May 09, 2018 | Hannah Ebeling



Photo: Hailey Jansson

“So many of our Calvin Prison Initiative (CPI) students are who they are today either because they have become Christian, or they have deepened their Christian faith in prison,” said Todd Cioffi, assistant professor and co-director of CPI. “Many of them understand that they have a second chance in a variety of ways, and they want to make it right—in a way, they have been transformed.”

CPI students propose community garden

As part of their programming, CPI students have the ability to create and implement ideas for various student organizations. Last year, a group of students got together and proposed to start a garden right on Calvin’s Handlon campus, similar to those on the main campus. “Students coordinated with us (CPI staff), the prison administration, Dave Koetje, and David Dornbos—in charge of community gardening—as well as Ryan Reynolds and Ryan Hartman, Calvin chefs,” said Julie Bylsma, program assistant. “It was quite a big team.”

According to Bylsma, the program has been a huge success. CPI students on the Handlon prison grounds grow fruits and vegetables that are then transported and bought by Calvin Dining Services at market rate. The produce is prepared and served in the dining halls, particularly during the summer months.   

Garden revenue donated to local nonprofit

With the funds generated by the garden, CPI students have been able to contribute to a non-profit of their choosing. “That was one of the main reasons they started the garden: to be able to donate to people who need it, specifically victims of crimes,” said Bylsma.

CPI students chose to make a donation to Safe Haven Ministries. Safe Haven is a faith-based nonprofit that offers help to victims of domestic violence through emergency and residential shelter, safety planning, counseling, support groups, prevention education, and children’s programming. In addition, Safe Haven provides prevention education in local high schools and colleges. 

“A number of men in the program have been charged with domestic abuse,” explained Bylsma. “Legally they are not allowed to reach out to their victims in any way, but they saw this as a way of giving back to a population that they have hurt in the past.”

Facilitating offender victim reconciliation

Earlier this month Safe Haven’s director of development met with CPI staff to discuss the possibilities for this partnership. “It was a good opportunity to establish a relationship between a prison nonprofit and a victim’s nonprofit, as well as grow the nonprofit community as a whole,” said Bylsma. She believes the mission of CPI aligns well with that of Safe Haven. “[Safe Haven] is trying to use the love of God to end domestic violence,” she said. “We are also trying to use a faith-based approach in education to positively change prison culture and create a more loving environment.”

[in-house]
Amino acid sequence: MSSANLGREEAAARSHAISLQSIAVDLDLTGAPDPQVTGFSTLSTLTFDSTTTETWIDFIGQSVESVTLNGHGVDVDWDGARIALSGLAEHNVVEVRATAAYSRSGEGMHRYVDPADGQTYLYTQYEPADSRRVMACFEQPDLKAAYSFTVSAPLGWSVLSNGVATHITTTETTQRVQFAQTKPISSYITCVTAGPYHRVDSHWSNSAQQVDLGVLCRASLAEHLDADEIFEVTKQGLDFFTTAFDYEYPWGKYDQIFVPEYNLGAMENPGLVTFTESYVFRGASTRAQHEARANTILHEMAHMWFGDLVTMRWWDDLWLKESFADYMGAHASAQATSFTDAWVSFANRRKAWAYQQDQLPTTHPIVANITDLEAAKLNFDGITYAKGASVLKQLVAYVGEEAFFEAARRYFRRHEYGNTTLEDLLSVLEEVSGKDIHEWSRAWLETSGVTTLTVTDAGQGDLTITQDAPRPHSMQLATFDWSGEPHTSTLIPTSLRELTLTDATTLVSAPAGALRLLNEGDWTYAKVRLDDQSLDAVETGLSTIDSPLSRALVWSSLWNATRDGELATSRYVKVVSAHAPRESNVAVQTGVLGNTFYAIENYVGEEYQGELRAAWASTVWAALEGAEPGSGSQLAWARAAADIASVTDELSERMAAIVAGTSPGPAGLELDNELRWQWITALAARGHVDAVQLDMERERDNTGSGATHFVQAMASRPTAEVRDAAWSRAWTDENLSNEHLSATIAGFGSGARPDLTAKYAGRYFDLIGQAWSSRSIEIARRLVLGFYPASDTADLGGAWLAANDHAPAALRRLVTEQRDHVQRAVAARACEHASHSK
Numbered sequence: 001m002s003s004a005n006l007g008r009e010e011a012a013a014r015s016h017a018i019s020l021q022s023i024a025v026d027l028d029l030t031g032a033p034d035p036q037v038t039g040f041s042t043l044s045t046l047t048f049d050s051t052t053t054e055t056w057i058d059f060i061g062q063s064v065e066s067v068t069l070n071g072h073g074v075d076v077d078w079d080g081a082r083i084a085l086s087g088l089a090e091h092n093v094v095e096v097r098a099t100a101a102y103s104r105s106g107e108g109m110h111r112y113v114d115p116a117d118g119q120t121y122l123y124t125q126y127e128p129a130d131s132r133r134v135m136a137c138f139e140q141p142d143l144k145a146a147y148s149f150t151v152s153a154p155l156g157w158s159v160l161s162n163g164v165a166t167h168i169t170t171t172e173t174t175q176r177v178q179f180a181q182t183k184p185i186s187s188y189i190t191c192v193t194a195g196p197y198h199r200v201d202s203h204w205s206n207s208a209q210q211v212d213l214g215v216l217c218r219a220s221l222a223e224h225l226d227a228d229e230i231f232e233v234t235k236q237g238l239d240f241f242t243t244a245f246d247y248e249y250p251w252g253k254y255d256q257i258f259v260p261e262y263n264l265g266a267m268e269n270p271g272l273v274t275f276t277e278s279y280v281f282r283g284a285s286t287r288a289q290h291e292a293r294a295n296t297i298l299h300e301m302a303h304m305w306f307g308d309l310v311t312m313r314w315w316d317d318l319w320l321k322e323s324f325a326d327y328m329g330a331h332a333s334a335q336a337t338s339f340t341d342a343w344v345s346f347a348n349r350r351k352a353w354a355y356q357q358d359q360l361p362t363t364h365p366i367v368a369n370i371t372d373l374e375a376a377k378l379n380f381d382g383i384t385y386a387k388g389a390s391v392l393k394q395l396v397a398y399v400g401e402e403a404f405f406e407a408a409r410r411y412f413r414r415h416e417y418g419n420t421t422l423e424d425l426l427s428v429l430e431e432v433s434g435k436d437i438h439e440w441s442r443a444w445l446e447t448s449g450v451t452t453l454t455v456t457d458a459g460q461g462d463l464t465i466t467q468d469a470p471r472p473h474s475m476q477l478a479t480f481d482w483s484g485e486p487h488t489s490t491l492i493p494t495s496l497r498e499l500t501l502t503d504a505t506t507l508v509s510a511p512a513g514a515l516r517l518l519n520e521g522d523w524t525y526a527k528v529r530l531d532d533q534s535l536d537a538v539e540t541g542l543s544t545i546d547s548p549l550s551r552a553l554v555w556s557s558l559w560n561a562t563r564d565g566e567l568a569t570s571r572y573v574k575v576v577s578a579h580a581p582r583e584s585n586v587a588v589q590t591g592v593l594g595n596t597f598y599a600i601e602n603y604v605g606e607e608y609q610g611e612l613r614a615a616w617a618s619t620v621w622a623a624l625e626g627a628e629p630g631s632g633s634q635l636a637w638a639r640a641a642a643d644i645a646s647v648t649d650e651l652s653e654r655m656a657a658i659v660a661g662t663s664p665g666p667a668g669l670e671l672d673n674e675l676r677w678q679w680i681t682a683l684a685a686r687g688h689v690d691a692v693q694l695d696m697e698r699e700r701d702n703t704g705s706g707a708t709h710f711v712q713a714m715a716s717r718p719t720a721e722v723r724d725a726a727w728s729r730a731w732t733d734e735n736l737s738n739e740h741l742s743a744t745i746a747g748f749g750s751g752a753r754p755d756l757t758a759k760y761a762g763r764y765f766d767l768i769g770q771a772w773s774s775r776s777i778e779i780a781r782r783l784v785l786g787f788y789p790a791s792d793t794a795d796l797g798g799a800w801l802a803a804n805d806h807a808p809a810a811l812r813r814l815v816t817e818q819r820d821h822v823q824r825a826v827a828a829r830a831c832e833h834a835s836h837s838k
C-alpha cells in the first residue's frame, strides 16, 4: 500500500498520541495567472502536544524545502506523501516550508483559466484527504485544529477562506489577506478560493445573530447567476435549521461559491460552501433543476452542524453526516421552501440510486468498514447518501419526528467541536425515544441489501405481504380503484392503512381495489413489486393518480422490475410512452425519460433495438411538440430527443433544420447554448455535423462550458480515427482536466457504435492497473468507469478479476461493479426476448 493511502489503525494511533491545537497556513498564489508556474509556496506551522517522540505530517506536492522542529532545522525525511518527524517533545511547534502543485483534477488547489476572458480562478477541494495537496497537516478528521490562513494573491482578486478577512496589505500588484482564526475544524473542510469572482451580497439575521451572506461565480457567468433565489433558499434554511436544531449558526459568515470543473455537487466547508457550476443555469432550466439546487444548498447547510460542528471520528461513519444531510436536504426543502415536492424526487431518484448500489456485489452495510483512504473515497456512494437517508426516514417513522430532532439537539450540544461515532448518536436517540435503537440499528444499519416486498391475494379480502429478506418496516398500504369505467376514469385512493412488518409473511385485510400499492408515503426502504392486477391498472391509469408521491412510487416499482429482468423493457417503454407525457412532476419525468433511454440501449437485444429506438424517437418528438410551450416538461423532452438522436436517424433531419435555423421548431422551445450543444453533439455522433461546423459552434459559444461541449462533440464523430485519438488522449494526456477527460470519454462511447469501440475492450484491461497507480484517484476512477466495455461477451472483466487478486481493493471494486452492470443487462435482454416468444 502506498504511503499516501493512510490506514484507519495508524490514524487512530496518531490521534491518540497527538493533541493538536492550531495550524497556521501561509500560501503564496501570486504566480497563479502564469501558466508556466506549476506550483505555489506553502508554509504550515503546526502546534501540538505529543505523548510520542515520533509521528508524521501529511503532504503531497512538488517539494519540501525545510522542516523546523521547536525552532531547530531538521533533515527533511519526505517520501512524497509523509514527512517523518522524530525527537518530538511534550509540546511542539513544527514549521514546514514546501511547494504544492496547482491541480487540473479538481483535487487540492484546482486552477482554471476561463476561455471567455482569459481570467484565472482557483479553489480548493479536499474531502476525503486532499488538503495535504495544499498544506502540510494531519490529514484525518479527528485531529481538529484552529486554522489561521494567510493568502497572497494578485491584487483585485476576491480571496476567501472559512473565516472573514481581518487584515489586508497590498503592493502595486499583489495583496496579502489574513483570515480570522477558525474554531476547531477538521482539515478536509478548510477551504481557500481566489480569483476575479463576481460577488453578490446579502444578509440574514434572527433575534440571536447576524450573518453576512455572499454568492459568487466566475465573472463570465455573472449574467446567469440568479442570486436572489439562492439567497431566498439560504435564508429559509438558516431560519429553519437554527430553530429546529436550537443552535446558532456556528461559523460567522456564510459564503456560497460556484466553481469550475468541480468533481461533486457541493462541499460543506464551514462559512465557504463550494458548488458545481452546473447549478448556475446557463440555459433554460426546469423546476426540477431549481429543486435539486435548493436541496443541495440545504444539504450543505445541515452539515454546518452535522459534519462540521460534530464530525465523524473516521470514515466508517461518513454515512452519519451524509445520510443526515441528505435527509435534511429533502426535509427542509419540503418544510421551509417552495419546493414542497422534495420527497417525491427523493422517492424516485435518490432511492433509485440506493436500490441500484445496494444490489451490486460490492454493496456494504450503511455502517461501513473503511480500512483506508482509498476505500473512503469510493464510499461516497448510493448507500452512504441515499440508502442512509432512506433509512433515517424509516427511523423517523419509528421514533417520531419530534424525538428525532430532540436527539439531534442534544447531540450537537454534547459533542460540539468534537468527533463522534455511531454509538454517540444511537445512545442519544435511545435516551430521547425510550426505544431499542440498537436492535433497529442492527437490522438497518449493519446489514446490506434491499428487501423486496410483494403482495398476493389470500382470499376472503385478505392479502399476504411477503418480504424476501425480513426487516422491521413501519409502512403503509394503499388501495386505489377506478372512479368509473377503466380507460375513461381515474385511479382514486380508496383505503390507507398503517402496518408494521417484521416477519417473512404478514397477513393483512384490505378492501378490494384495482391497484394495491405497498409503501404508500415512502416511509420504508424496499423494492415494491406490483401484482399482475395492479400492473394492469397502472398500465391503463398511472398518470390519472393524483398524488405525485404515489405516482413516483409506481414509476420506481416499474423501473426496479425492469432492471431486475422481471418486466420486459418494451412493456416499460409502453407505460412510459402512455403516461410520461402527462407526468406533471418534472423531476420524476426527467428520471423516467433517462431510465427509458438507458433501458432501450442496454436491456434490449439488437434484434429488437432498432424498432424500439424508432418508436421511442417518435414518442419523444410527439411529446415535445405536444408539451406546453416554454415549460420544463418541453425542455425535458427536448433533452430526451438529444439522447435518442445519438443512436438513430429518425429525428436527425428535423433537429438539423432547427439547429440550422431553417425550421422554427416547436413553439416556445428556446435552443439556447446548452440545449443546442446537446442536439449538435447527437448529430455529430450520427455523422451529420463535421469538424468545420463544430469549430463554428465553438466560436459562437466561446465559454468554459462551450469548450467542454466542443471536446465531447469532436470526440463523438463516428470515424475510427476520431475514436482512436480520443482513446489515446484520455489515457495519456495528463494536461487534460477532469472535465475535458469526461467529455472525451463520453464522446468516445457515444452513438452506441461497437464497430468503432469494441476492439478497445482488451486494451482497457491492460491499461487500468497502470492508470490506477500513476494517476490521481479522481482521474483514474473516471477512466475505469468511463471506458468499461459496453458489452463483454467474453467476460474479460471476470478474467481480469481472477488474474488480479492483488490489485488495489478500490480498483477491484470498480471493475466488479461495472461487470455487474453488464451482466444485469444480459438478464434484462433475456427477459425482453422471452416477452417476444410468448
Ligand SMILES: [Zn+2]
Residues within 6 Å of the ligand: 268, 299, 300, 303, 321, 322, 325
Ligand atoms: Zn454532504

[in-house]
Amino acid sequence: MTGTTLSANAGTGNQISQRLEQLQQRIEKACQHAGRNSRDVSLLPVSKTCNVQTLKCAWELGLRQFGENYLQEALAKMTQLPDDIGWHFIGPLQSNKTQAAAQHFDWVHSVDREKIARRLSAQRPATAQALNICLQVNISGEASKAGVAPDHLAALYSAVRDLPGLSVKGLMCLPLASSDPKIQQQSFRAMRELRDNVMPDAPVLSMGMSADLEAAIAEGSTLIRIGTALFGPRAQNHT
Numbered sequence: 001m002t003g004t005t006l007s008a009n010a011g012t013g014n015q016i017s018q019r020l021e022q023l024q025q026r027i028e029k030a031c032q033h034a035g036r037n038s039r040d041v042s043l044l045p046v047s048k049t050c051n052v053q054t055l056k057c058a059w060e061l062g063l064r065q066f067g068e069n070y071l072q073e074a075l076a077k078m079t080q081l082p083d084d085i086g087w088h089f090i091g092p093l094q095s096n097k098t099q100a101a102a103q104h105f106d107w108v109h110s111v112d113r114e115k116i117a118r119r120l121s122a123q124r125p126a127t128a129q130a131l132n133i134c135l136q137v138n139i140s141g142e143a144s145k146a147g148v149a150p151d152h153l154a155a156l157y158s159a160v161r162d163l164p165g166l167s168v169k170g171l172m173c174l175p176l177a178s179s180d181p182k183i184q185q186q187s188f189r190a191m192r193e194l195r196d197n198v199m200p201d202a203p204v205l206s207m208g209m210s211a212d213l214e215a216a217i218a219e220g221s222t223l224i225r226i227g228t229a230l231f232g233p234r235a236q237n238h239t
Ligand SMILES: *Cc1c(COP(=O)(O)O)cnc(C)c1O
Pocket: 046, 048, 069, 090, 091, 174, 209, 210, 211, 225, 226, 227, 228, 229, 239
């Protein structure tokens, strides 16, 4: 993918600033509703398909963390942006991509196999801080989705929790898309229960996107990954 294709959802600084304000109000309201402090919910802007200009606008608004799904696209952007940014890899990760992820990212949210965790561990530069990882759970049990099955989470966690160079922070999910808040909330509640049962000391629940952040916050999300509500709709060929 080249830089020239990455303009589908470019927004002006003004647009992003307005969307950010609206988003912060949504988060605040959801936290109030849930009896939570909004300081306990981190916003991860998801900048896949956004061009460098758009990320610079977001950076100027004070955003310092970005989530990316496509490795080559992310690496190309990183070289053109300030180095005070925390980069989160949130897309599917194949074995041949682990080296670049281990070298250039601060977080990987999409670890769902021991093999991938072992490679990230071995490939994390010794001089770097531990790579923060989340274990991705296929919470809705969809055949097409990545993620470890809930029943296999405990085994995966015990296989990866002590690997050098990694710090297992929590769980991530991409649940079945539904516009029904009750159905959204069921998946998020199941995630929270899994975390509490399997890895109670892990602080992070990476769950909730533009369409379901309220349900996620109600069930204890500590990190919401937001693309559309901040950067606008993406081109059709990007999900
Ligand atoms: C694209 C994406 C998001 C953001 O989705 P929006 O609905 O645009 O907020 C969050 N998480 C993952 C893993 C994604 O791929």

Grand Rapids does not have any opportunities for offender victim mediation. Cioffi believes this partnership could be an opportunity for restorative justice. “We would hope that these sorts of projects and partnerships could lead to more opportunities for offender victim reconciliation in Michigan—as in the case of some states,” said Cioffi. “Often the assumption is that victims never want to confront or hear from their offender, but that is not always the case. However, the victim has no say in the matter.” He believes many would value an opportunity to put closure on a horrific situation.

Opportunity for continued partnership

“A ministry like Safe Haven is also seeking to transform the lives of victims—transform their situations; in some way, both the victimizer and the victim have been transformed,” said Cioffi. “Now they both hopefully can begin recognizing what healing is, what a second chance means. And, in a very strange way, they are both part of the same cloth.”

This summer will mark the third year of the Calvin Prison Initiative. “We have worked very hard to build strong relationships with the people there, and its paid off,” said Cioffi. “That’s just going to continue.”

 CPI students are very invested in this partnership since day one and are excited to see it grow, said Bylsma. “They are the main drivers in getting this off the ground and to completion.”

 Bylsma said she can see the relationship between CPI and Safe Haven becoming a long-term partnership: “Ultimately it is up to the students which nonprofit they chose to support through donations, but Safe Haven is a very reputable organization doing good work, so my guess is they will stick with it.”

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